Nov 6, 2013, 4:24 PM EDT
Upon finishing out 2013 with a 73-89 record, Phillies general manager Ruben Amaro Jr. finally conceded the front office needed to begin incorporating analytics into personnel evaluations. Ladies and gentlemen, the future has arrived—better late than never.
MLB.com’s Todd Zolecki revealed the organization has tabbed Scott Freedman from Major League Baseball’s Labor Relations Department for a new yet-to-named position in the front office. Thanks to Zo, we do know one of Freedman’s specialties is advanced stats, and his job is to apply that knowledge in Philadelphia. That’s a step in the right direction at least.
How valuable Freedman’s contributions will prove to the organization remains to be seen. It’s easy to be skeptical of a franchise that’s been ignoring this data at its peril for years already, while Amaro downplayed how this newfound wealth of information will impact the club’s decisions.
“I don’t know if it’s going to change the way we do business, necessarily,” Amaro said recently. “We still plan to be a scouting and player development organization, but I think it’s important to get all the information and analyze not just what we’re doing, but how other clubs are evaluating players.”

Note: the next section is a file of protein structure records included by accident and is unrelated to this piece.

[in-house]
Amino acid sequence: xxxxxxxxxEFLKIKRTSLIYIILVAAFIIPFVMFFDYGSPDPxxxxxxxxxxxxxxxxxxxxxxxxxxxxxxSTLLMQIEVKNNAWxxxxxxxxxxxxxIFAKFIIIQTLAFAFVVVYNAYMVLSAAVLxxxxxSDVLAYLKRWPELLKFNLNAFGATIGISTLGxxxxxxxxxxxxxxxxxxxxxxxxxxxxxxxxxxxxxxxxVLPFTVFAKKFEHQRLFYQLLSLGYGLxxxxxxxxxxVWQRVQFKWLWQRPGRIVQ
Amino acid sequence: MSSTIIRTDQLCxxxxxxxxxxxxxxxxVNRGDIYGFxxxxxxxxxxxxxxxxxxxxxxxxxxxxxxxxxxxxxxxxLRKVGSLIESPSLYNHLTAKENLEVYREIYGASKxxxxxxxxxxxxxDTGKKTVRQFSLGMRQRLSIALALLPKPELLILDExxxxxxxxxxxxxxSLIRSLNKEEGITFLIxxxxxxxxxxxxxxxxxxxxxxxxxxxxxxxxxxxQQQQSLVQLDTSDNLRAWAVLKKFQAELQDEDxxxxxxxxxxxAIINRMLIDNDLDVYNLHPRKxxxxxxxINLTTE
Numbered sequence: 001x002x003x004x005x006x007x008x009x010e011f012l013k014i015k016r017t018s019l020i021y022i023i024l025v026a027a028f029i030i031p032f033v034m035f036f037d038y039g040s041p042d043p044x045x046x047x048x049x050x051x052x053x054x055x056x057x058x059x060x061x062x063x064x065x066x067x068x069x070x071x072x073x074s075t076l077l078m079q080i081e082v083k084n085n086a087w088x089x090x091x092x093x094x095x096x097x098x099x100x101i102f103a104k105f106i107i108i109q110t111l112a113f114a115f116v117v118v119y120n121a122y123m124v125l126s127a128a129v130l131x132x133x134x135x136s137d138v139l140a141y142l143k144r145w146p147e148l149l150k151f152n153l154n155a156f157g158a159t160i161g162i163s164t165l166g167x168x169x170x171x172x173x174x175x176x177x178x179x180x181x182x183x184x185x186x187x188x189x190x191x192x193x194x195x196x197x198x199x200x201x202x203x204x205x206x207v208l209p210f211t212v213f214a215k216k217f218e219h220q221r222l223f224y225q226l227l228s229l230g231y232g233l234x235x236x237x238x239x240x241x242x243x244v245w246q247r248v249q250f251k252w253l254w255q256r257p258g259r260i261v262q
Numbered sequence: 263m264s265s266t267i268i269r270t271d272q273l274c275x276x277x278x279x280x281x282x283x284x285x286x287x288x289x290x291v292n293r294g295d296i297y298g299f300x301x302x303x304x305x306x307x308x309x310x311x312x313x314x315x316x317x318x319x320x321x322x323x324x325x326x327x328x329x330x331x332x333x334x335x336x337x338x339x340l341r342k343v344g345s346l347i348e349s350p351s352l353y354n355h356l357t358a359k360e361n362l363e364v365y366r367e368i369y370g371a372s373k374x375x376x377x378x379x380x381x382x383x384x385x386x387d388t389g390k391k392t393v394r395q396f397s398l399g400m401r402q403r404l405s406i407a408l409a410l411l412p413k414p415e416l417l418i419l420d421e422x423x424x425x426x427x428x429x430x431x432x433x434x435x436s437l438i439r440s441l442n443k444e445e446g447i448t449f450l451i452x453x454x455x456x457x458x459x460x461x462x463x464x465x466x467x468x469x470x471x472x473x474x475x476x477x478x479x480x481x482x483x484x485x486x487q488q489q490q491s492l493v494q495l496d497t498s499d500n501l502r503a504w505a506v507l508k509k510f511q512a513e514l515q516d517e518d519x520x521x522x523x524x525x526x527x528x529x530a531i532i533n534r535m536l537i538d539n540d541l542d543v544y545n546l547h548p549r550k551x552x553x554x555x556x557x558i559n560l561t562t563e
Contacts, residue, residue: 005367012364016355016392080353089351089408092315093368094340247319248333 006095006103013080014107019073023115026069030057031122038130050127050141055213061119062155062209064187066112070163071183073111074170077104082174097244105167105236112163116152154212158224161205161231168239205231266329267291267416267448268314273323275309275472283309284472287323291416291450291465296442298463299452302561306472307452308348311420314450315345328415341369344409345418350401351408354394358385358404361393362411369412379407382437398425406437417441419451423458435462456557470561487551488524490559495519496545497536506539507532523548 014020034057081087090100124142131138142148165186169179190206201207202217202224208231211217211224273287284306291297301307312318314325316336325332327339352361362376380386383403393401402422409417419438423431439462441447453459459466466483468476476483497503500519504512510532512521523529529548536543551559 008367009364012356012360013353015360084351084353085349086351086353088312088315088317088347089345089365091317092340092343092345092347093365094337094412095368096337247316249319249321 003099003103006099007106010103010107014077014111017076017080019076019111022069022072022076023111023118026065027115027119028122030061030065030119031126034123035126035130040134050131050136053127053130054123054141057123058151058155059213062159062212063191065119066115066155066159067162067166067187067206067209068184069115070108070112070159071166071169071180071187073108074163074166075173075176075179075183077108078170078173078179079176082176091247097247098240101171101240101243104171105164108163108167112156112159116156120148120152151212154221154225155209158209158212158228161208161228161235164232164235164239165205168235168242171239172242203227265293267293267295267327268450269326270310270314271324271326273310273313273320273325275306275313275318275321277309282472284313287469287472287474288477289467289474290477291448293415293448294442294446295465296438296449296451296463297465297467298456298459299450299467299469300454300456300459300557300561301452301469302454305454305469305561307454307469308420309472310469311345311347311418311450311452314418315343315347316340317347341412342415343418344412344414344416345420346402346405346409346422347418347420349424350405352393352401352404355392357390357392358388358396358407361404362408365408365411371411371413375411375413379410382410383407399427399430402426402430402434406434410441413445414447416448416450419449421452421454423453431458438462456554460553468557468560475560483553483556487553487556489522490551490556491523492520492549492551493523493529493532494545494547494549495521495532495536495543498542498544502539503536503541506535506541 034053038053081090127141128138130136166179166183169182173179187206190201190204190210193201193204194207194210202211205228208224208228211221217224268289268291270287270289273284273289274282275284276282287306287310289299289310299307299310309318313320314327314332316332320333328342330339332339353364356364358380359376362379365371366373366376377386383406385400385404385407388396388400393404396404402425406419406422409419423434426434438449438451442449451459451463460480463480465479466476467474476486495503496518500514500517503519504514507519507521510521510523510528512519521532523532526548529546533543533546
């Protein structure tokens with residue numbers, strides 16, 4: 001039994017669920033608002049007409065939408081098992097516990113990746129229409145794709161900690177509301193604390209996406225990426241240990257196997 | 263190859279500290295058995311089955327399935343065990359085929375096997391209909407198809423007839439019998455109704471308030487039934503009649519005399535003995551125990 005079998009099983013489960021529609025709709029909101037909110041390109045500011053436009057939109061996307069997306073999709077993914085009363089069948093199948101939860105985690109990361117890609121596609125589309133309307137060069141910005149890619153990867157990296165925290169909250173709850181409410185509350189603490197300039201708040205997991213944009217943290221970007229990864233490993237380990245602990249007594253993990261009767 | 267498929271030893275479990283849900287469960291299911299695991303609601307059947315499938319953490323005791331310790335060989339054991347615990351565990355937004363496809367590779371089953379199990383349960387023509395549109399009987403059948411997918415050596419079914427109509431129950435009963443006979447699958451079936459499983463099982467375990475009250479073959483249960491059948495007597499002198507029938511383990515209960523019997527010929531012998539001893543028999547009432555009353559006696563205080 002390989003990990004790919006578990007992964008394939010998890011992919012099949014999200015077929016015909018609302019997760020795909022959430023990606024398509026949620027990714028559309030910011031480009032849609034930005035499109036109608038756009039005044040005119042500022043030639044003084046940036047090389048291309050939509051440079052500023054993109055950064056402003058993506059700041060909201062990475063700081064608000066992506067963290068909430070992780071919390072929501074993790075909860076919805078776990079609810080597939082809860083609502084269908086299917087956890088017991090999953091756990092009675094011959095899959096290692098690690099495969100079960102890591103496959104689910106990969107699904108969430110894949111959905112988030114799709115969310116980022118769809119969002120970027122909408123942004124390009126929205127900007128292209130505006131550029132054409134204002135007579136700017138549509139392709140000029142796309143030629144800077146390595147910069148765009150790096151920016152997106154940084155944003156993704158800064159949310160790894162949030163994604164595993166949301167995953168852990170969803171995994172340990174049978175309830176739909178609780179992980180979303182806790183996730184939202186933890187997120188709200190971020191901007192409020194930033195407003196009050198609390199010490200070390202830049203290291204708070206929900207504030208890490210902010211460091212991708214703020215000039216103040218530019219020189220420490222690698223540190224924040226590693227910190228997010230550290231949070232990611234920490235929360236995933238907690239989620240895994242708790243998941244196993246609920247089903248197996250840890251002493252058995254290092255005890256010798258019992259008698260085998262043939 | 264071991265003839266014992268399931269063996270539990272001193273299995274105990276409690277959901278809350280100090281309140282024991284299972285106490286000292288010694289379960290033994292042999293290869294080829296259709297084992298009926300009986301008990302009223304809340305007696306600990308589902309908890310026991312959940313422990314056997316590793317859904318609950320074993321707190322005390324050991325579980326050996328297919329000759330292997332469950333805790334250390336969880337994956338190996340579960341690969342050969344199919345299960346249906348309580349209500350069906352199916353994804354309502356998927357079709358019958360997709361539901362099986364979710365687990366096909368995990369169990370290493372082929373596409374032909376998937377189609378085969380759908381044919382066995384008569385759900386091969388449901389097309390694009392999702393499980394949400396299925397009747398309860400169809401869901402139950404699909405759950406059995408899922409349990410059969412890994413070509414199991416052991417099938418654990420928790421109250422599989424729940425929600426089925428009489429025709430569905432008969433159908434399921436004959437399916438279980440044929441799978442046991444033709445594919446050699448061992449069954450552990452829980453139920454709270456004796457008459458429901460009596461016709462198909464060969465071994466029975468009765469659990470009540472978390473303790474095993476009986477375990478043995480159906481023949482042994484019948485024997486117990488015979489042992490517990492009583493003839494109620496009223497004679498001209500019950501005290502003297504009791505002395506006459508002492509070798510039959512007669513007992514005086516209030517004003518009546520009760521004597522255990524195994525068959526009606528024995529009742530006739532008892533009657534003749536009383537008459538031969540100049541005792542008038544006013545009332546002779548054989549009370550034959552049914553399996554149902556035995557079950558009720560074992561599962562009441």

It almost sounds as if the Phillies are more interested in learning how other teams evaluate players than improving upon their own methods. In which case, Freedman was a good hire because as Zolecki explains, few people in baseball would have a better understanding of what those teams value.
The Phillies were particularly interested in Freedman’s ability to expand their data analysis capabilities. His experience in preparation for salary arbitration cases got him involved with advanced metrics. And Freedman’s work with MLB gives him an idea of how other teams use analytics.
Whatever his intentions exactly, you can’t knock Amaro for making analytics part of the process—although it’s certainly fair to ask what took so long. Apparently, the league has been placing Scott Freedmans in front office positions for awhile now.
Freedman first appeared on Philadelphia’s radar this summer. MLB regularly trains people like Freedman, then helps place them in front offices across baseball.
Do I understand this correctly? You mean to tell me the league has been actively training people who are well-versed in advanced stats for jobs in baseball? And this entire time the Phillies were like, “No, thanks?”
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